An exploration of domestic derangement, as sinister as Daphne Du Maurier’s classic Rebecca, that plumbs the depths of sibling rivalry with wit and menace.
Oh, to be a Beloved—one of those lucky people for whom nothing ever goes wrong. Everything falls into their laps without effort: happiness, beauty, good fortune, allure.
Betty Stash is not a Beloved—but her little sister, the delightful Gloria, is. She’s the one with the golden curls and sunny disposition and captivating smile, the one whose best friend used to be Betty’s, the one whose husband should have been Betty’s. And then, to everyone’s surprise, Gloria inherits the family manse—a vast, gorgeous pile of ancient stone, imposing timbers, and lush gardens—that was never meant to be hers.
Losing what Betty considers her rightful inheritance is the final indignity. As she single-mindedly pursues her plan to see the estate returned to her in all its glory, her determined and increasingly unhinged behavior—aided by poisonous mushrooms, talking walls, and a phantom dog—escalates to the point of no return. The Beloveds will have you wondering if there’s a length to which an envious sister won’t go.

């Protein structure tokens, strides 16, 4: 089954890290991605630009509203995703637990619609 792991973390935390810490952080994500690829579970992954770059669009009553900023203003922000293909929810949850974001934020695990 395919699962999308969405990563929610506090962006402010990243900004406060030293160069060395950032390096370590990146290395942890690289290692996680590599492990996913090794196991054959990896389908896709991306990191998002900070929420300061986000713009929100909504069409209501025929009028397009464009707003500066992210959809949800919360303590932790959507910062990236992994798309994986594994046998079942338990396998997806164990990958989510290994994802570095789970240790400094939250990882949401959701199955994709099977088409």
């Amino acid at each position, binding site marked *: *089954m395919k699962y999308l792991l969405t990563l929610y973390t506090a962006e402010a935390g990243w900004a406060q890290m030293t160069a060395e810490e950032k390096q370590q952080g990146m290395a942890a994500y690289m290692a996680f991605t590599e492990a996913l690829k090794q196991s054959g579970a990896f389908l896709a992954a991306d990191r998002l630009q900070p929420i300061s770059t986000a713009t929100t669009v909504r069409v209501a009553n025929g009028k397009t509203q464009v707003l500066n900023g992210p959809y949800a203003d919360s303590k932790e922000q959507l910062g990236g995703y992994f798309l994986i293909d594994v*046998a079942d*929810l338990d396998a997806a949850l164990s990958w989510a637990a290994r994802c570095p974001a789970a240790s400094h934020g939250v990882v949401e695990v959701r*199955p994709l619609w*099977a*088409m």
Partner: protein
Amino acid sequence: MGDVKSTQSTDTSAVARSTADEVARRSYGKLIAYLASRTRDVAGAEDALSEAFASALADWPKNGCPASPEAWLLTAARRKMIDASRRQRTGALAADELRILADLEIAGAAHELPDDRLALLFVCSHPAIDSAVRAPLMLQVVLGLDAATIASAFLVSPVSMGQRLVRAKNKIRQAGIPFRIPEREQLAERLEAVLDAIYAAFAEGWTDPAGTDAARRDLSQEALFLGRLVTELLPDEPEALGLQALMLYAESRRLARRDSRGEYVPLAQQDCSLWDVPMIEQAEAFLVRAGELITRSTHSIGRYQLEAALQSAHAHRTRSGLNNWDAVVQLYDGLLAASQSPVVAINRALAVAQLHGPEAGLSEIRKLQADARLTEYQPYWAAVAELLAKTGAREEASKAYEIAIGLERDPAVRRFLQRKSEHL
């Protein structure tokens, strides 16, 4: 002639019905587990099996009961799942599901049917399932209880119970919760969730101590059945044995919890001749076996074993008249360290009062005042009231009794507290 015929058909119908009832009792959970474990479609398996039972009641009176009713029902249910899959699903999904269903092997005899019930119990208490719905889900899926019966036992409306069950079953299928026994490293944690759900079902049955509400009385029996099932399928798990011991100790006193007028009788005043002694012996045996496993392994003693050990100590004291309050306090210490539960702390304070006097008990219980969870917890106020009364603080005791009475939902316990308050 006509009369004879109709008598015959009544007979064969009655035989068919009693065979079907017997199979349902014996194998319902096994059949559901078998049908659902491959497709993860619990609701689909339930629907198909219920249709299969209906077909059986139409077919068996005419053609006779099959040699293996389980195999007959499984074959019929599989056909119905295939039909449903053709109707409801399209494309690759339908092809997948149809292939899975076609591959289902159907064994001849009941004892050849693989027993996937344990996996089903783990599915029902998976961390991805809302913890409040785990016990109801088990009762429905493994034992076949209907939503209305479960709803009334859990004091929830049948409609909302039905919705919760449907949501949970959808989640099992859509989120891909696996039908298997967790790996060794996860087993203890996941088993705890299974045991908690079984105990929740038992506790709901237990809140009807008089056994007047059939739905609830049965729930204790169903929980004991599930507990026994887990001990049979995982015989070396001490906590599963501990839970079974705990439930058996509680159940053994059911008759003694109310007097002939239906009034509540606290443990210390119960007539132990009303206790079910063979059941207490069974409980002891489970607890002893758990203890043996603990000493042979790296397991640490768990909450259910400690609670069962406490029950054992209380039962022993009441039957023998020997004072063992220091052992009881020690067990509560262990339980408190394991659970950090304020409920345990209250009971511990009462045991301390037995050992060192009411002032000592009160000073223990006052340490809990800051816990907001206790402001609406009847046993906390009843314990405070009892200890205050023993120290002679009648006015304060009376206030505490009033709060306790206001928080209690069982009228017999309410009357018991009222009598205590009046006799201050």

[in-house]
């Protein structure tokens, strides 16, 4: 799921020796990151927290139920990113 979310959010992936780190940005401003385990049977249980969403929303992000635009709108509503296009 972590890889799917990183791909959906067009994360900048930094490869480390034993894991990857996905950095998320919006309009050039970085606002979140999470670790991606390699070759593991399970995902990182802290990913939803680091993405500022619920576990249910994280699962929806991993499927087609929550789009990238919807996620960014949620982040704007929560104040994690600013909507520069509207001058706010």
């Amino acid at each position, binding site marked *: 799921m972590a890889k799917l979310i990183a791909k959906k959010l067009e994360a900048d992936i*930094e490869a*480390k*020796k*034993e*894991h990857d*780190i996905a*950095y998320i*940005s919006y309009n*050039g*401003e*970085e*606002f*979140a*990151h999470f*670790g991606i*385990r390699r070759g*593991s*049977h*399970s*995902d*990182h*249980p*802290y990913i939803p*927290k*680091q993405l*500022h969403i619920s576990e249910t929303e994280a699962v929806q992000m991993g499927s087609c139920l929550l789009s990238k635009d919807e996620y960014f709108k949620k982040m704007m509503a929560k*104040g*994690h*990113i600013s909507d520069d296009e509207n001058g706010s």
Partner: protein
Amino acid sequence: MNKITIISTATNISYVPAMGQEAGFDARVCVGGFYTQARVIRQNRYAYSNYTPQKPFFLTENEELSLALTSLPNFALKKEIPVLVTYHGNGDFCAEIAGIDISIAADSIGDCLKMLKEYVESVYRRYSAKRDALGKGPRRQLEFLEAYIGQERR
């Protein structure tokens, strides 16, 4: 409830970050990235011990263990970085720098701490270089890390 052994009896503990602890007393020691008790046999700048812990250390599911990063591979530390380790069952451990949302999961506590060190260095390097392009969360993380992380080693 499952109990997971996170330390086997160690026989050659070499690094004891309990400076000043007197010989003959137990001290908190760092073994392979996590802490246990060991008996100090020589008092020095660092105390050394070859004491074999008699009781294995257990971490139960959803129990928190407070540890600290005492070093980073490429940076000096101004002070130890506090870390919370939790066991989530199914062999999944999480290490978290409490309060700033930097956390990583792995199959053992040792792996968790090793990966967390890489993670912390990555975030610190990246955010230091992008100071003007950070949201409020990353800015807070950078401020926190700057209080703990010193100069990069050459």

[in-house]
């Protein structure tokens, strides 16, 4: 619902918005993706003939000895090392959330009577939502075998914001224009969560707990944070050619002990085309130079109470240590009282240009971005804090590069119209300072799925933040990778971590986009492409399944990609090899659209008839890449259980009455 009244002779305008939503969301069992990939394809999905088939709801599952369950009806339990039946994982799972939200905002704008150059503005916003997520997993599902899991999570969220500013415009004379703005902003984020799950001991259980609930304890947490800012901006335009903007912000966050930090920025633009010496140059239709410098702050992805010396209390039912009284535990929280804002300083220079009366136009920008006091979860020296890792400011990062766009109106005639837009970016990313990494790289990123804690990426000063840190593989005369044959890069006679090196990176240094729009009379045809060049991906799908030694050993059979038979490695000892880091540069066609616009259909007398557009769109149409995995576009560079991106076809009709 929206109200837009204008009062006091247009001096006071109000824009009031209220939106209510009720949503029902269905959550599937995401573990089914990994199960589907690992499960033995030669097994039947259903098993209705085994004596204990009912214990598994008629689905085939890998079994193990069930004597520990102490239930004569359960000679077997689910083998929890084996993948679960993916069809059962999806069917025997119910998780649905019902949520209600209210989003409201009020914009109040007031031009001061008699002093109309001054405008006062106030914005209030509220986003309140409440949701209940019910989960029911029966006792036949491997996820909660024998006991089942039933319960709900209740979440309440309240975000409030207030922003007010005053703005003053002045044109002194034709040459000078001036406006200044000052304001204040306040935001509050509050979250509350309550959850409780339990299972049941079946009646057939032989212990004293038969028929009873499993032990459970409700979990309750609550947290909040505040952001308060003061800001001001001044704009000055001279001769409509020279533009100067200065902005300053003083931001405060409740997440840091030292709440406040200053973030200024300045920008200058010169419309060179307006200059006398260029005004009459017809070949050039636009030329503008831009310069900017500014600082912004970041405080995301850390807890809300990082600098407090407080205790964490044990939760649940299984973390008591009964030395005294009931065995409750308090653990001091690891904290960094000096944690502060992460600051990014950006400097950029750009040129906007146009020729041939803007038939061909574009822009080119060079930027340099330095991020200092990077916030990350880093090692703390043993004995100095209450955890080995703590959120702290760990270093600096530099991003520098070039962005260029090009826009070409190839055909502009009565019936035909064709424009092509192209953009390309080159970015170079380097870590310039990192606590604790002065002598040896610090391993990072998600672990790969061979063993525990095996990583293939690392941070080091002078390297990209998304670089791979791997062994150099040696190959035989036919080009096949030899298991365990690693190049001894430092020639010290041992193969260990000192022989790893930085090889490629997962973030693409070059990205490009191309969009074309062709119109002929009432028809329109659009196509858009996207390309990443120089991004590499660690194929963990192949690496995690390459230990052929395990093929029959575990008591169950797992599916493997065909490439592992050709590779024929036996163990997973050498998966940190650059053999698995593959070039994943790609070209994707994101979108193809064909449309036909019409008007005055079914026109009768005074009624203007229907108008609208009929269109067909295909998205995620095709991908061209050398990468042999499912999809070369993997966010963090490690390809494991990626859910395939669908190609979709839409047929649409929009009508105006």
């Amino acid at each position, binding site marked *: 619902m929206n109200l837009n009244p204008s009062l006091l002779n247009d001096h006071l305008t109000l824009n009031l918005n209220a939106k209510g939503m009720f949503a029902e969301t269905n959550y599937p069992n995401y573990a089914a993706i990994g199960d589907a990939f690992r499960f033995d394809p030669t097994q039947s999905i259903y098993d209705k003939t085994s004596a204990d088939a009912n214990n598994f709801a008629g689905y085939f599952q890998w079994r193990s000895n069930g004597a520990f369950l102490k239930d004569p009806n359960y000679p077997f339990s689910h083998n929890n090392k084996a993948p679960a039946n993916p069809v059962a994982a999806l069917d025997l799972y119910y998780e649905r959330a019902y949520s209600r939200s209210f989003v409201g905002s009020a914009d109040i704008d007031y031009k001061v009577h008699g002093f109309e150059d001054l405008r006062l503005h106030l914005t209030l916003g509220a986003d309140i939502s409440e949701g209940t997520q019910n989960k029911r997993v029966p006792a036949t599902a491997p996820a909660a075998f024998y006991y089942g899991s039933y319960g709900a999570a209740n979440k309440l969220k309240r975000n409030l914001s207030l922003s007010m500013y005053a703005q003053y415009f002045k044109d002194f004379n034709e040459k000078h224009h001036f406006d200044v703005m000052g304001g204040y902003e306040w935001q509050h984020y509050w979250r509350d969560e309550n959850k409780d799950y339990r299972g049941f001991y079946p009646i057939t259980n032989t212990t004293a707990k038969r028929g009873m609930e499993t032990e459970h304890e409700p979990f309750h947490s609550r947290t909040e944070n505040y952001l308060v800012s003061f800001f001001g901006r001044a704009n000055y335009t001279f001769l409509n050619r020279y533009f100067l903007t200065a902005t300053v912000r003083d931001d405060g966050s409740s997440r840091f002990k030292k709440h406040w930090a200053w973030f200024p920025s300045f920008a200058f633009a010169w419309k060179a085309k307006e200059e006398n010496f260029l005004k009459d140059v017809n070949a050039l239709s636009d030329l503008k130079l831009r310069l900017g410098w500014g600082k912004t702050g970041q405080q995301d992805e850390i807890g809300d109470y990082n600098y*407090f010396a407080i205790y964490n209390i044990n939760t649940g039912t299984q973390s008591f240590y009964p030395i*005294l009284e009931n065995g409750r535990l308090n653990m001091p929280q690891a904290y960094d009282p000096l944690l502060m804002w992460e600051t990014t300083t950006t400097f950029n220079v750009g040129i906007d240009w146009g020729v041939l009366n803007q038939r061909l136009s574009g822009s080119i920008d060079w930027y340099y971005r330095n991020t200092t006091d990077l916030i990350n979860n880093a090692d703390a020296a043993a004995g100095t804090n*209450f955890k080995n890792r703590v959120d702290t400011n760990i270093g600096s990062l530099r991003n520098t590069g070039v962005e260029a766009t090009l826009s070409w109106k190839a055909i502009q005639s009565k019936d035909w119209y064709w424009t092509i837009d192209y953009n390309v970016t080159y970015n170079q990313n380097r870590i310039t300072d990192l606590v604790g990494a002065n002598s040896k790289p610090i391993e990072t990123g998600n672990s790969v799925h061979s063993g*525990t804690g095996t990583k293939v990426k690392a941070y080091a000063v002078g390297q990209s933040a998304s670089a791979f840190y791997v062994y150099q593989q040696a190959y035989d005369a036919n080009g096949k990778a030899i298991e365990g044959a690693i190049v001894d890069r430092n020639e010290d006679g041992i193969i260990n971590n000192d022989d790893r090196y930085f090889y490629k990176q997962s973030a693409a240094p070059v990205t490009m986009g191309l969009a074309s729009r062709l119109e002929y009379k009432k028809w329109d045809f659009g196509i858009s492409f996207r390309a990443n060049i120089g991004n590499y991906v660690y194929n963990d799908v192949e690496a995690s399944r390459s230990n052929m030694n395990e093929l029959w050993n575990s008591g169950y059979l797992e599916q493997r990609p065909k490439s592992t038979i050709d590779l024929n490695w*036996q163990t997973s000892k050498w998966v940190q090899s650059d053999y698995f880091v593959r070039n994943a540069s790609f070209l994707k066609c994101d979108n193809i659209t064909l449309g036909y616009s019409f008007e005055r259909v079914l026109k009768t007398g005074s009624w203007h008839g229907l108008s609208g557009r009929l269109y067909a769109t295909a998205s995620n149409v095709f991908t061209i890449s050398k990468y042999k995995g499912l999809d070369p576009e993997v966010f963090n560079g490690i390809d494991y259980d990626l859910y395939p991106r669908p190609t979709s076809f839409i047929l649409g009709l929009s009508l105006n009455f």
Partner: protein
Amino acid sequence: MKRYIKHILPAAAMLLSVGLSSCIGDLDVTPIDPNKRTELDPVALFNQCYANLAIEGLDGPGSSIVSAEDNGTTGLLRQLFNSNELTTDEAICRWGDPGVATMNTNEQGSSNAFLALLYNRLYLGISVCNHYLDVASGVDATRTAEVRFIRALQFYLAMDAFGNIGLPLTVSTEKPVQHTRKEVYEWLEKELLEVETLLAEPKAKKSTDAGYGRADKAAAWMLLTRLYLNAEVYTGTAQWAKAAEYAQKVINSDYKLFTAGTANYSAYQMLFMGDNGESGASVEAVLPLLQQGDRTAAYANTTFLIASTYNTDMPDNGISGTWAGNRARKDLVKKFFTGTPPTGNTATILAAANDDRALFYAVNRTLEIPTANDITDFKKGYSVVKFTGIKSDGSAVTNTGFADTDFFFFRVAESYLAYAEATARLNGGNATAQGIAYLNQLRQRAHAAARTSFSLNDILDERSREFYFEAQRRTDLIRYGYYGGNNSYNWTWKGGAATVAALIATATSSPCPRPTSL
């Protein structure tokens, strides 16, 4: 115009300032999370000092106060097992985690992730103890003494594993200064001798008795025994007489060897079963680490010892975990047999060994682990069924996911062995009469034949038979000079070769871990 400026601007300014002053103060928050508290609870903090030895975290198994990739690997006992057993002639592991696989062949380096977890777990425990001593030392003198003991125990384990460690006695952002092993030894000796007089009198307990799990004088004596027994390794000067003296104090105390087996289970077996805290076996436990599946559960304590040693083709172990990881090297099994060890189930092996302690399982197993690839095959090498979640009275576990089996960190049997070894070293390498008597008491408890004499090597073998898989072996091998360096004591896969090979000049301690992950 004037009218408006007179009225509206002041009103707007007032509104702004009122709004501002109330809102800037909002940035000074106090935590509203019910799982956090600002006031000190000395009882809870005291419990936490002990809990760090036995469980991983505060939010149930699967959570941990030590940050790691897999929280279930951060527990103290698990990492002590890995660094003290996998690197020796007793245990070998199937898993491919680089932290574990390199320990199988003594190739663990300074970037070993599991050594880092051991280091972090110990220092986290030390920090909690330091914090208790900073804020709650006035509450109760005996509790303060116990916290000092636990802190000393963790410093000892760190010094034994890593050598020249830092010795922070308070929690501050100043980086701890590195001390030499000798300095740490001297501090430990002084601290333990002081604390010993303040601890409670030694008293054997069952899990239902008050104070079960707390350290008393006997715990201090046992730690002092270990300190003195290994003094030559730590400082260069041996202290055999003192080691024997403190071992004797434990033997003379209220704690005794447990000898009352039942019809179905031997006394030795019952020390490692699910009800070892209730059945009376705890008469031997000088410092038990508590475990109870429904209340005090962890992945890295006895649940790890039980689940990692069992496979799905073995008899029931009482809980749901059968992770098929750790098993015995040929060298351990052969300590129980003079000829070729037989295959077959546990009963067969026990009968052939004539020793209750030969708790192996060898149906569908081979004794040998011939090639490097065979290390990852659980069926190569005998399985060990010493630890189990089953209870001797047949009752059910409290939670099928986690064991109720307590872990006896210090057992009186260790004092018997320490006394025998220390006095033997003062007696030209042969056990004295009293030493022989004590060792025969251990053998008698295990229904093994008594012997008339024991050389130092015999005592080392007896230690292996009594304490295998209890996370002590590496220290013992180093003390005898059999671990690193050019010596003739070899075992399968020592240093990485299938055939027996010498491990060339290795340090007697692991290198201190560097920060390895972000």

What a crazy, dark and twisted book this was! It’s not hard to get lost in the darkness that is Betty Stash.
Proving that our own perceptions shapes us and our actions, Betty creates an almost alternate dimension in which she’s convinced herself of all of the things she is not. Most importantly, that she’s not a Beloved. Luck doesn’t shine on her and or she believes.
What is it that makes her less deserving than her sister, is it something real or something that’s she’s conjured in her mind?
I can’t say I was super glued to the story, it’s hard to go that deep in one sitting and to be honest, Betty’s mind is a place no one should spend a considerable amount of time in.
Paranoia, I think affects all of us at some point during our lives. Whether the threat is real or not is debatable because as long as someone feels that way, it is real to them. I find that thoughts like this often stem from either not enough activity or simply that we think people care way more than they actually do.